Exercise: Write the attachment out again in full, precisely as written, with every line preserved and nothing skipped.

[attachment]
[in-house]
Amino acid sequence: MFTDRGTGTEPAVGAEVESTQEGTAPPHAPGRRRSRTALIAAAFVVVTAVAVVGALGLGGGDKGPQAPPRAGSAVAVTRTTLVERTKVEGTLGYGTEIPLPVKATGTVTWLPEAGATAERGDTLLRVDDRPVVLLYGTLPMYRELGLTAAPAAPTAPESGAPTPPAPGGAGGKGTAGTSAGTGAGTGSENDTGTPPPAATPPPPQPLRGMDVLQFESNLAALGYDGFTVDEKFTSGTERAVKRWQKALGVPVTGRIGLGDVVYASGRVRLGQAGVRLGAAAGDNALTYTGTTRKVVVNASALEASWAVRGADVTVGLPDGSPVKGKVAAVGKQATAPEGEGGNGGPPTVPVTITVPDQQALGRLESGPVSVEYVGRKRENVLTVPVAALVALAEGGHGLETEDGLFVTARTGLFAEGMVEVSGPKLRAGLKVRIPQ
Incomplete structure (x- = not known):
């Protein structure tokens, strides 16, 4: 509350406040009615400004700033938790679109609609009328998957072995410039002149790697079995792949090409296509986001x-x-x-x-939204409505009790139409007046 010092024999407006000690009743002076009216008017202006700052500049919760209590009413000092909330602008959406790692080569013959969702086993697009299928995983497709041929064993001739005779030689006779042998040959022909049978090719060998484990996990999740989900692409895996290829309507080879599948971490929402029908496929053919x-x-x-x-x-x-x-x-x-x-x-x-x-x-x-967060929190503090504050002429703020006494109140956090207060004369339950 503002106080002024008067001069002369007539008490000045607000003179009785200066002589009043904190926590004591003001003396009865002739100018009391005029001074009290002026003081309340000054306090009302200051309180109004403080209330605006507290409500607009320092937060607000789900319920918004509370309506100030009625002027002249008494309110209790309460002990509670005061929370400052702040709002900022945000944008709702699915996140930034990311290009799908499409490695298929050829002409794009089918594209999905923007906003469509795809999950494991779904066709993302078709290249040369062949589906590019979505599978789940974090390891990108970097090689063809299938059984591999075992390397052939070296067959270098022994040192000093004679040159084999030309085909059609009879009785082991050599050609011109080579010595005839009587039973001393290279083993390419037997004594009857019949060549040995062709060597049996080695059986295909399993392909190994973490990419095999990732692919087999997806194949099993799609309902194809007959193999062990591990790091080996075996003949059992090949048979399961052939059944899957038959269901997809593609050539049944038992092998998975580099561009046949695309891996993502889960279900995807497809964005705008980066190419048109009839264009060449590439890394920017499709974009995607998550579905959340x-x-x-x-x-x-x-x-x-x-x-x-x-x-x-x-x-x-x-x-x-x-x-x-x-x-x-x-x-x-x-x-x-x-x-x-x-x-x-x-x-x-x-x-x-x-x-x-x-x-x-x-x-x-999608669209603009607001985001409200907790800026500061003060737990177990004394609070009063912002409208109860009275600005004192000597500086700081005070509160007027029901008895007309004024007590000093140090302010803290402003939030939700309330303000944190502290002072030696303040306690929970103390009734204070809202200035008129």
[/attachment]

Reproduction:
[in-house]
Amino acid sequence: MFTDRGTGTEPAVGAEVESTQEGTAPPHAPGRRRSRTALIAAAFVVVTAVAVVGALGLGGGDKGPQAPPRAGSAVAVTRTTLVERTKVEGTLGYGTEIPLPVKATGTVTWLPEAGATAERGDTLLRVDDRPVVLLYGTLPMYRELGLTAAPAAPTAPESGAPTPPAPGGAGGKGTAGTSAGTGAGTGSENDTGTPPPAATPPPPQPLRGMDVLQFESNLAALGYDGFTVDEKFTSGTERAVKRWQKALGVPVTGRIGLGDVVYASGRVRLGQAGVRLGAAAGDNALTYTGTTRKVVVNASALEASWAVRGADVTVGLPDGSPVKGKVAAVGKQATAPEGEGGNGGPPTVPVTITVPDQQALGRLESGPVSVEYVGRKRENVLTVPVAALVALAEGGHGLETEDGLFVTARTGLFAEGMVEVSGPKLRAGLKVRIPQ
Incomplete structure (x- = not known):
């Protein structure tokens, strides 16, 4: 509350406040009615400004700033938790679109609609009328998957072995410039002149790697079995792949090409296509986001x-x-x-x-939204409505009790139409007046 010092024999407006000690009743002076009216008017202006700052500049919760209590009413000092909330602008959406790692080569013959969702086993697009299928995983497709041929064993001739005779030689006779042998040959022909049978090719060998484990996990999740989900692409895996290829309507080879599948971490929402029908496929053919x-x-x-x-x-x-x-x-x-x-x-x-x-x-x-967060929190503090504050002429703020006494109140956090207060004369339950 503002106080002024008067001069002369007539008490000045607000003179009785200066002589009043904190926590004591003001003396009865002739100018009391005029001074009290002026003081309340000054306090009302200051309180109004403080209330605006507290409500607009320092937060607000789900319920918004509370309506100030009625002027002249008494309110209790309460002990509670005061929370400052702040709002900022945000944008709702699915996140930034990311290009799908499409490695298929050829002409794009089918594209999905923007906003469509795809999950494991779904066709993302078709290249040369062949589906590019979505599978789940974090390891990108970097090689063809299938059984591999075992390397052939070296067959270098022994040192000093004679040159084999030309085909059609009879009785082991050599050609011109080579010595005839009587039973001393290279083993390419037997004594009857019949060549040995062709060597049996080695059986295909399993392909190994973490990419095999990732692919087999997806194949099993799609309902194809007959193999062990591990790091080996075996003949059992090949048979399961052939059944899957038959269901997809593609050539049944038992092998998975580099561009046949695309891996993502889960279900995807497809964005705008980066190419048109009839264009060449590439890394920017499709974009995607998550579905959340x-x-x-x-x-x-x-x-x-x-x-x-x-x-x-x-x-x-x-x-x-x-x-x-x-x-x-x-x-x-x-x-x-x-x-x-x-x-x-x-x-x-x-x-x-x-x-x-x-x-x-x-x-x-999608669209603009607001985001409200907790800026500061003060737990177990004394609070009063912002409208109860009275600005004192000597500086700081005070509160007027029901008895007309004024007590000093140090302010803290402003939030939700309330303000944190502290002072030696303040306690929970103390009734204070809202200035008129």